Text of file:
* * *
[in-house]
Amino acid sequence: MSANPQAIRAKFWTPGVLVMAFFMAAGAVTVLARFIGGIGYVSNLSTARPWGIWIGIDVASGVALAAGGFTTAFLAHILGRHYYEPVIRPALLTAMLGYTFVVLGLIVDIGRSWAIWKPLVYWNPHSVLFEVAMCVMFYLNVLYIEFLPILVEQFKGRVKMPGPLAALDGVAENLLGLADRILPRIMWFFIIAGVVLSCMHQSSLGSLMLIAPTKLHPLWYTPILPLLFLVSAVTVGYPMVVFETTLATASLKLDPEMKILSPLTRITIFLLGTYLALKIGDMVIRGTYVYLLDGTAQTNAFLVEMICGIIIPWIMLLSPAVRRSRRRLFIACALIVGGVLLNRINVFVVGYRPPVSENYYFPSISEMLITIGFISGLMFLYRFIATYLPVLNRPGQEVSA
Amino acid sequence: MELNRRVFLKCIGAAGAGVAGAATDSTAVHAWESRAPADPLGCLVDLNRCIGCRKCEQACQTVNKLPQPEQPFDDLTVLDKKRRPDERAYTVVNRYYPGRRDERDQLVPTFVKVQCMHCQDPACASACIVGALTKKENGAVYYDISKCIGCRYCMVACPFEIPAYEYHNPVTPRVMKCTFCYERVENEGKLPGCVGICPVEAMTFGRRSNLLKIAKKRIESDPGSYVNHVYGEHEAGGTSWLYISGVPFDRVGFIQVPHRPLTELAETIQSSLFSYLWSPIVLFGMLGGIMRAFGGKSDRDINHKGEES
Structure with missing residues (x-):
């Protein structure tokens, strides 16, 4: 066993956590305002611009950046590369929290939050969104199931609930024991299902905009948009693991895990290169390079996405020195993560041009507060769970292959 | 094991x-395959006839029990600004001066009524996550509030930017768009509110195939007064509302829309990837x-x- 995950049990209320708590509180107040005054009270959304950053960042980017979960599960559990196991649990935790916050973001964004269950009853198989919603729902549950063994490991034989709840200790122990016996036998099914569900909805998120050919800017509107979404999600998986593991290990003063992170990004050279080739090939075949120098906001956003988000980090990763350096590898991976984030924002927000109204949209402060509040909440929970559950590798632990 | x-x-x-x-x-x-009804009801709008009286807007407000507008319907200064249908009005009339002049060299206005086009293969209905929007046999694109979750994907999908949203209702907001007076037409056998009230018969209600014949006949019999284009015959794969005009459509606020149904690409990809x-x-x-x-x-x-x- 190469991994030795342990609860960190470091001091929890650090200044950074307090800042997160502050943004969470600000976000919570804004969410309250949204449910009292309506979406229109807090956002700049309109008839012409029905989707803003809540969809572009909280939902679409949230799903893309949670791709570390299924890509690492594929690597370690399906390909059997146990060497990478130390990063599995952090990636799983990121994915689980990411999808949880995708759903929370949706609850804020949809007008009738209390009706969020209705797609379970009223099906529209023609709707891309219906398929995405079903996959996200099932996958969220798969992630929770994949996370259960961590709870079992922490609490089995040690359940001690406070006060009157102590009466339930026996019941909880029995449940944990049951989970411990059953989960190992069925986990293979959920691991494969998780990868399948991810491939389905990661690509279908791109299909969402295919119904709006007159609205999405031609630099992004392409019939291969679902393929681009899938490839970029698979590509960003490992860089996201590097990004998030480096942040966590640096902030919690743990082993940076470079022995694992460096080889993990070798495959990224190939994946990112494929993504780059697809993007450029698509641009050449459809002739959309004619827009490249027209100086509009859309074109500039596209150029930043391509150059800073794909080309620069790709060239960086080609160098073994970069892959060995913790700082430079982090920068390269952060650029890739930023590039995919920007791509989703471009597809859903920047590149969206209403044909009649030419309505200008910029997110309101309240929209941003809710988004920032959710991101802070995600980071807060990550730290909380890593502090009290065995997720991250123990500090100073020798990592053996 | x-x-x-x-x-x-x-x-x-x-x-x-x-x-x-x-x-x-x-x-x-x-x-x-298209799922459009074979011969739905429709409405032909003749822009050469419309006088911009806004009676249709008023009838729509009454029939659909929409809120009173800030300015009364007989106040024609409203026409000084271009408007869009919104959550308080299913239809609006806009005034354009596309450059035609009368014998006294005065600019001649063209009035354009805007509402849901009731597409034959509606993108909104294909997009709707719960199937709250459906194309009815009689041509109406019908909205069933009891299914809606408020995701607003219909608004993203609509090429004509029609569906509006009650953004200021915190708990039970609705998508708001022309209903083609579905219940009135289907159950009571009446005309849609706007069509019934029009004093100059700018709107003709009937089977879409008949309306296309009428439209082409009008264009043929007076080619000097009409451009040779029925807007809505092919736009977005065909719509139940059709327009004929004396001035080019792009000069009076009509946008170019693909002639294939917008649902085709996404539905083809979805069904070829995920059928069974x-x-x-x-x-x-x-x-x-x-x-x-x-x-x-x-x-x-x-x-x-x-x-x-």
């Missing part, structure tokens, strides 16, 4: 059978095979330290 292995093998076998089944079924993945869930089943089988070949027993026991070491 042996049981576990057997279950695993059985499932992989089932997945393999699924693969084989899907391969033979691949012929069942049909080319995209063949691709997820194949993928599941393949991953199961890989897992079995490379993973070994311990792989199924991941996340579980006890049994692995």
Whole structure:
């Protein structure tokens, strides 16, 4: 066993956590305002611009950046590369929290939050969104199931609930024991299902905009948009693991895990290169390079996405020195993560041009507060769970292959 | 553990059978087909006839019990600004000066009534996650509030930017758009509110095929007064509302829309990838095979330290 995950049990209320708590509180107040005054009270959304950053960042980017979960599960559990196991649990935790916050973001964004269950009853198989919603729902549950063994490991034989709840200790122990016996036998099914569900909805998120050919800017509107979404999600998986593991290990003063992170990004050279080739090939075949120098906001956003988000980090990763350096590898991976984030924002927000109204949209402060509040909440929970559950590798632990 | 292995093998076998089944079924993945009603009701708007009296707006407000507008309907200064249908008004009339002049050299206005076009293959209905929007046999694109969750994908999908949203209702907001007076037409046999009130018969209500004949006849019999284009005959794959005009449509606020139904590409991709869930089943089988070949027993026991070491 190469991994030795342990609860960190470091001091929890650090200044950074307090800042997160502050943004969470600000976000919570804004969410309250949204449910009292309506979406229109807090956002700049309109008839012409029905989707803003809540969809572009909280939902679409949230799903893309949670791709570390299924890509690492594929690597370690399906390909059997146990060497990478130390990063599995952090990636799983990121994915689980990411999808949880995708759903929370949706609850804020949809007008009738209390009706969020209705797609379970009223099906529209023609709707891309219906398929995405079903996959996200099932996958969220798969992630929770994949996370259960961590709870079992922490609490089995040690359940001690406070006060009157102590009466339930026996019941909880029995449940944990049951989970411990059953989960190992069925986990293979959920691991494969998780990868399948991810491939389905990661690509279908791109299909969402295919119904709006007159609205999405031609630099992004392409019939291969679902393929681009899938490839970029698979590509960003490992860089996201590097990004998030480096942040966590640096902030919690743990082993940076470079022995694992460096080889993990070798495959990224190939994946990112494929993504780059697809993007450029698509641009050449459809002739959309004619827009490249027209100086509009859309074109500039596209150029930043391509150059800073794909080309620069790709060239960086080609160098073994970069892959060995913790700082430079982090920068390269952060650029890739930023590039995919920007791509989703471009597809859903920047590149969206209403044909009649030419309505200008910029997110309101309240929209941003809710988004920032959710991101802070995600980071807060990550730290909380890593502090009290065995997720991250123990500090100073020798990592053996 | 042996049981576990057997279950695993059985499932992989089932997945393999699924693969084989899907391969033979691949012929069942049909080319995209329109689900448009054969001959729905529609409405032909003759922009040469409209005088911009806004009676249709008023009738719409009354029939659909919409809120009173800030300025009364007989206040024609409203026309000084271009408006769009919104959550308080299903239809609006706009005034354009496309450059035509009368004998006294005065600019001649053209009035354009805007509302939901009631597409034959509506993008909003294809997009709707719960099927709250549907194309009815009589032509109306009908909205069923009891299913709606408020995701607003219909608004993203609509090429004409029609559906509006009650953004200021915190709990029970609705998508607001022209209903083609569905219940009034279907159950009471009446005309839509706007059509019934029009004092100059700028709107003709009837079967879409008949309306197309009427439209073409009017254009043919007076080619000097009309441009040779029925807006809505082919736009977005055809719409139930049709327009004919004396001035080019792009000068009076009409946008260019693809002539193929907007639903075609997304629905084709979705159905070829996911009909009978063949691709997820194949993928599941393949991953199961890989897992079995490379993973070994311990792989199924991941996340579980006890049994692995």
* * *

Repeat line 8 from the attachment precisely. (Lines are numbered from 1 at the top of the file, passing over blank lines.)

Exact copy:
């Protein structure tokens, strides 16, 4: 066993956590305002611009950046590369929290939050969104199931609930024991299902905009948009693991895990290169390079996405020195993560041009507060769970292959 | 553990059978087909006839019990600004000066009534996650509030930017758009509110095929007064509302829309990838095979330290 995950049990209320708590509180107040005054009270959304950053960042980017979960599960559990196991649990935790916050973001964004269950009853198989919603729902549950063994490991034989709840200790122990016996036998099914569900909805998120050919800017509107979404999600998986593991290990003063992170990004050279080739090939075949120098906001956003988000980090990763350096590898991976984030924002927000109204949209402060509040909440929970559950590798632990 | 292995093998076998089944079924993945009603009701708007009296707006407000507008309907200064249908008004009339002049050299206005076009293959209905929007046999694109969750994908999908949203209702907001007076037409046999009130018969209500004949006849019999284009005959794959005009449509606020139904590409991709869930089943089988070949027993026991070491 190469991994030795342990609860960190470091001091929890650090200044950074307090800042997160502050943004969470600000976000919570804004969410309250949204449910009292309506979406229109807090956002700049309109008839012409029905989707803003809540969809572009909280939902679409949230799903893309949670791709570390299924890509690492594929690597370690399906390909059997146990060497990478130390990063599995952090990636799983990121994915689980990411999808949880995708759903929370949706609850804020949809007008009738209390009706969020209705797609379970009223099906529209023609709707891309219906398929995405079903996959996200099932996958969220798969992630929770994949996370259960961590709870079992922490609490089995040690359940001690406070006060009157102590009466339930026996019941909880029995449940944990049951989970411990059953989960190992069925986990293979959920691991494969998780990868399948991810491939389905990661690509279908791109299909969402295919119904709006007159609205999405031609630099992004392409019939291969679902393929681009899938490839970029698979590509960003490992860089996201590097990004998030480096942040966590640096902030919690743990082993940076470079022995694992460096080889993990070798495959990224190939994946990112494929993504780059697809993007450029698509641009050449459809002739959309004619827009490249027209100086509009859309074109500039596209150029930043391509150059800073794909080309620069790709060239960086080609160098073994970069892959060995913790700082430079982090920068390269952060650029890739930023590039995919920007791509989703471009597809859903920047590149969206209403044909009649030419309505200008910029997110309101309240929209941003809710988004920032959710991101802070995600980071807060990550730290909380890593502090009290065995997720991250123990500090100073020798990592053996 | 042996049981576990057997279950695993059985499932992989089932997945393999699924693969084989899907391969033979691949012929069942049909080319995209329109689900448009054969001959729905529609409405032909003759922009040469409209005088911009806004009676249709008023009738719409009354029939659909919409809120009173800030300025009364007989206040024609409203026309000084271009408006769009919104959550308080299903239809609006706009005034354009496309450059035509009368004998006294005065600019001649053209009035354009805007509302939901009631597409034959509506993008909003294809997009709707719960099927709250549907194309009815009589032509109306009908909205069923009891299913709606408020995701607003219909608004993203609509090429004409029609559906509006009650953004200021915190709990029970609705998508607001022209209903083609569905219940009034279907159950009471009446005309839509706007059509019934029009004092100059700028709107003709009837079967879409008949309306197309009427439209073409009017254009043919007076080619000097009309441009040779029925807006809505082919736009977005055809719409139930049709327009004919004396001035080019792009000068009076009409946008260019693809002539193929907007639903075609997304629905084709979705159905070829996911009909009978063949691709997820194949993928599941393949991953199961890989897992079995490379993973070994311990792989199924991941996340579980006890049994692995």